Ren brought a radio that he hands to Alex, because there’s not proper reception on the island, but at certain places you can still hear things if you tune the radio right. This becomes a very important mechanic to the game, and some of the stuff you pick up… some of it just backstory stuff, like the tour guide descriptions for various landmarks and sights on the island, and some of it is… well, spooky. Oh, and I didn’t learn this until after I had played, but you can tune the radio by using the mouse-wheel. I used click-and-drag for the whole game.
Since things are a bit tense between Clarissa and Alex, Ren takes Alex and Jonas over to a cave that is rumoured to trigger weird stuff on the radio. And that’s basically the point where weird stuff starts happening.
The entire game is basically carried by the characters and how they deal with the situation they get put in. Shit goes down, they get separated, and they have to work out how to find each other while also figuring out what the hell is going on and why. I felt like all of them had solid personalities and motivations, even if you have to do certain easy-to-miss things to find out for some of them. Like I probably would have thought Nona was a bit flat if I hadn’t taken her along with me when I had the chance.
See, with only a few exceptions, you are always travelling with someone, and you have conversations along the way. You get to choose how you want Alex to respond of up to three choices ( I don’t remember ever seeing more, at least ), or you can also choose to not respond at all if you just prefer to let the other character go on, or leave them hanging, or if two or more of the other characters are having a conversation you don’t want to butt in on. You don’t have to say anything. I sometimes felt bad for how I made Alex just cut them off, which seems to be what happens most of the time if you pick a reply while someone else is still talking. But you also have a limited time to pick a response, so sometimes I would just panic. It’s not a perfect system, but I’d say that for the most part it felt like a fairly natural way of having a conversation.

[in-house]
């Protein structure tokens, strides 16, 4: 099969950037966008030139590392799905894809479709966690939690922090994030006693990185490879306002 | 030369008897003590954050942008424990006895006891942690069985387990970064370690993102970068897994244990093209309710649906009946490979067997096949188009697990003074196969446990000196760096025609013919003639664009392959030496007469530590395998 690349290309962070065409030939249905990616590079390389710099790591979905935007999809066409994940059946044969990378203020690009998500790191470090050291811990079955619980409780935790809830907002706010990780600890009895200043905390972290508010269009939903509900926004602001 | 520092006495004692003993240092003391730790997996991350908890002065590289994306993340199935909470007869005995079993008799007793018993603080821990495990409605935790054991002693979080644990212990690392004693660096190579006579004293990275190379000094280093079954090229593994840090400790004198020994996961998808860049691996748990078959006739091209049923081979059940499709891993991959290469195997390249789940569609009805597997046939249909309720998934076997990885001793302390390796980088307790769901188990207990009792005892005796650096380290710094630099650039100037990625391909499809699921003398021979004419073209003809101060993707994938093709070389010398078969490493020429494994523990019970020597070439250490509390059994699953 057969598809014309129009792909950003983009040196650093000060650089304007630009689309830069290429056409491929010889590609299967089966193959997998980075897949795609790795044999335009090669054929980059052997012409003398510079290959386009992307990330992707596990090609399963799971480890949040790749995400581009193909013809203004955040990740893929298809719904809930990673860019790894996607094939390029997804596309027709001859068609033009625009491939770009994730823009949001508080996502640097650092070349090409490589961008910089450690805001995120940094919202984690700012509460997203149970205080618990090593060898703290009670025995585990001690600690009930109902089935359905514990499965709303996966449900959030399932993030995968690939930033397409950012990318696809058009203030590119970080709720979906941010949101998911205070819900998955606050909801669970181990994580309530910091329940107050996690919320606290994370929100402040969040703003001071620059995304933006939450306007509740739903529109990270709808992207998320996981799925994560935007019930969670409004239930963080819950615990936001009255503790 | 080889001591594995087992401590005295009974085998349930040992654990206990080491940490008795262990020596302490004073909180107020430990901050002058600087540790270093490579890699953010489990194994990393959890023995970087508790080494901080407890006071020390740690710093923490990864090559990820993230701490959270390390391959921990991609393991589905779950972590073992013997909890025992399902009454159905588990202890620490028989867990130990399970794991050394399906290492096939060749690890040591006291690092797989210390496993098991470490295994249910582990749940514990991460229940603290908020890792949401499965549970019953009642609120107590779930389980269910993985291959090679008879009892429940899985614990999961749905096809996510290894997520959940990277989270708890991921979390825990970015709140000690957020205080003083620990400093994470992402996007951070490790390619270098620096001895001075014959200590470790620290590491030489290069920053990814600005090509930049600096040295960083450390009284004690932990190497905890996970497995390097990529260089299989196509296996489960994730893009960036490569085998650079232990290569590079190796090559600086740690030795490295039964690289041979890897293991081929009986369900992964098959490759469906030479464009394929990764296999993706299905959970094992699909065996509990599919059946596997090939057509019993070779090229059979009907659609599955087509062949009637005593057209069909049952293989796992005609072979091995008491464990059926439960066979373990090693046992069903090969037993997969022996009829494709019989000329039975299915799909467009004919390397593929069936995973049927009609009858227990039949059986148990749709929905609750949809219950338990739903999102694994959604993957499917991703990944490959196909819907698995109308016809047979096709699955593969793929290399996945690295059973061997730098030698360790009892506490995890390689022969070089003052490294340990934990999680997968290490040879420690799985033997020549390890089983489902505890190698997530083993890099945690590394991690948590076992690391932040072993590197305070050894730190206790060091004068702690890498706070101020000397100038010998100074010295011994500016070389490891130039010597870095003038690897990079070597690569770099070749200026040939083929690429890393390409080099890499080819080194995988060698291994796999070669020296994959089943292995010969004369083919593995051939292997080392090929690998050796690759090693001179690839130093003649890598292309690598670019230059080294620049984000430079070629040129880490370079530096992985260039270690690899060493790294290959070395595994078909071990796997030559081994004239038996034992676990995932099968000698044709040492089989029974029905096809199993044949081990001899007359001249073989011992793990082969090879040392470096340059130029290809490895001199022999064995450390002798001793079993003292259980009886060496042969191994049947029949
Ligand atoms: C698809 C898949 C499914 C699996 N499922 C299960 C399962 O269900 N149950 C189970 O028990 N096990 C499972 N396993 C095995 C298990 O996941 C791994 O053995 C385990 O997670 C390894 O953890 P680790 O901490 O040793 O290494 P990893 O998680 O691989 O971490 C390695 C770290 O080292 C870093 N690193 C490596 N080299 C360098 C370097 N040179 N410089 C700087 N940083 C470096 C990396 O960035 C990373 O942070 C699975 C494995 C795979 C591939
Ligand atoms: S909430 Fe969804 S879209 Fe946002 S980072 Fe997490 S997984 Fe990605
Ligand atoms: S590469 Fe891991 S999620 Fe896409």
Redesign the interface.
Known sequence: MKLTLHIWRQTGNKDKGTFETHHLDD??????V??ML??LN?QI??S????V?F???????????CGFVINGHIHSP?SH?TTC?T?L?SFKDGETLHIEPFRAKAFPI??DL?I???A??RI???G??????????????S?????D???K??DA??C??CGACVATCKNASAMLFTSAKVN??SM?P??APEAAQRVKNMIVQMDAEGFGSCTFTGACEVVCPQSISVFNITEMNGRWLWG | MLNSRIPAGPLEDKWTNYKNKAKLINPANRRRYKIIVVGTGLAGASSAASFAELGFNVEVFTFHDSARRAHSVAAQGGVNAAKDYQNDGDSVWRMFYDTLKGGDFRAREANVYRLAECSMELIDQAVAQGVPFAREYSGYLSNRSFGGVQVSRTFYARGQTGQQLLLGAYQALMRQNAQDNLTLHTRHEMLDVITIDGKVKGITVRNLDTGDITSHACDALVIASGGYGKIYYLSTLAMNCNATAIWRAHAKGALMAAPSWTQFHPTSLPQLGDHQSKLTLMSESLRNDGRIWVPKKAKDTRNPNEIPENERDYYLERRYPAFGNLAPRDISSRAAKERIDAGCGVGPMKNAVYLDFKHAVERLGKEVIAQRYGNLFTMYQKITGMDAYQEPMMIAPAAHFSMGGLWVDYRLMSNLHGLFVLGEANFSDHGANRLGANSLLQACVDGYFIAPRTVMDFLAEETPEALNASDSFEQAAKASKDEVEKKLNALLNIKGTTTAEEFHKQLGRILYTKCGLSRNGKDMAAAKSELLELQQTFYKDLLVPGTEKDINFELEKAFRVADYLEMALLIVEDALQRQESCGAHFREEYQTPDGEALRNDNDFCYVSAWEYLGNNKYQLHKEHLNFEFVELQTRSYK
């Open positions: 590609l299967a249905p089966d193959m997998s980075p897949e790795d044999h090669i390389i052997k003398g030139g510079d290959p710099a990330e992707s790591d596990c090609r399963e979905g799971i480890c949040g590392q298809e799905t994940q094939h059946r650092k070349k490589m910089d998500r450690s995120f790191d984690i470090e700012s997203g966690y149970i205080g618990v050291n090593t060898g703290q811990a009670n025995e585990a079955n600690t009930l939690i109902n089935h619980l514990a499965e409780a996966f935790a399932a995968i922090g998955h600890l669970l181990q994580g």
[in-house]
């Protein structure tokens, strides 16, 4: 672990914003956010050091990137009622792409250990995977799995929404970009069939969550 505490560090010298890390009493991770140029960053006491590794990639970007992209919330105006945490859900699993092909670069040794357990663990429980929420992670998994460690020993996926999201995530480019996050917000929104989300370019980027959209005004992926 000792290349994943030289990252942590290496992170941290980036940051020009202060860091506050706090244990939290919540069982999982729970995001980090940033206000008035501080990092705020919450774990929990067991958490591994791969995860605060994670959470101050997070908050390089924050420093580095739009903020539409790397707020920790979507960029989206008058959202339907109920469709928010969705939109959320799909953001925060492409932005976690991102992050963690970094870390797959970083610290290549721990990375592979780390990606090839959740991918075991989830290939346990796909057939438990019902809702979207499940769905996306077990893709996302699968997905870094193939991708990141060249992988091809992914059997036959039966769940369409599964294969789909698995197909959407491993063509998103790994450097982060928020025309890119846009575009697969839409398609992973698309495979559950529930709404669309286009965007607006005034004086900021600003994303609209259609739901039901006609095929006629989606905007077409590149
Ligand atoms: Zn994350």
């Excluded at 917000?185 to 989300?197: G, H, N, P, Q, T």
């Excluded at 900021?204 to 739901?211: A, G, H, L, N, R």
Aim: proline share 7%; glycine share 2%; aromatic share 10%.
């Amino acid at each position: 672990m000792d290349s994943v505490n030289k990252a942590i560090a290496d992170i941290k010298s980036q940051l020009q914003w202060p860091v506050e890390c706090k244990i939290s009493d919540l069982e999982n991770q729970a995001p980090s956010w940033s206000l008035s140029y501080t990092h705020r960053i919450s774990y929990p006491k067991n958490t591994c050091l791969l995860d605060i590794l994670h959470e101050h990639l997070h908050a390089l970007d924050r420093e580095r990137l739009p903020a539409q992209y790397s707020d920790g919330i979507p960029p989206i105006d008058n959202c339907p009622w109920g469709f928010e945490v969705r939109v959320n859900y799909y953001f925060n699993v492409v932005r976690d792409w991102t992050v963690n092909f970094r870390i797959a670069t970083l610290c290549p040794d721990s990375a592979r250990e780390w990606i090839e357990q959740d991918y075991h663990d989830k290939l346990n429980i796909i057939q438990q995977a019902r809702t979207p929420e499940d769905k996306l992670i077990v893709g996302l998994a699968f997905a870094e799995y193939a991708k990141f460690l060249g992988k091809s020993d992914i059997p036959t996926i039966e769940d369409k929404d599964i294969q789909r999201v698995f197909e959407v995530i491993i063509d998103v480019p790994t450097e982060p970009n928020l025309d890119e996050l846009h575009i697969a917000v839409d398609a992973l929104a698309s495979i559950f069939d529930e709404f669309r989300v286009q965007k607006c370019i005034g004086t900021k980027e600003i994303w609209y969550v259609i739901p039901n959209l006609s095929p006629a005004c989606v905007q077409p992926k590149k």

Overall I think it’s a well-crafted game. It has some issues where I feel stuff wasn’t properly explained. And not in the “this is supposed to be a mystery” sense, but rather in a “we wanted to go from A to C, but we forgot to include B”. Like they meant to have an explanation/transition, but either failed or forgot. There were also some small parts of the narrative I didn’t feel fully made sense, but I think a story like this can get away with that to an extent.
Looking back on the game, I’m also not sure if the occasional platforming bits were necessary? Okay, there are some collectibles and such hidden about *cough*rocks*cough*, and you have to explore to find them, but it’s not the kind of game where I expected to be prompted to climb and jump. That kinda feels like one of those “well, we have to have some gameplay, not just story” concessions, but at least I never thought it got annoying.
So if you’d like a story-driven game with spooks, maybe Oxenfree is just the game for you? If you think it sounds at all interesting, I recommend giving it a shot.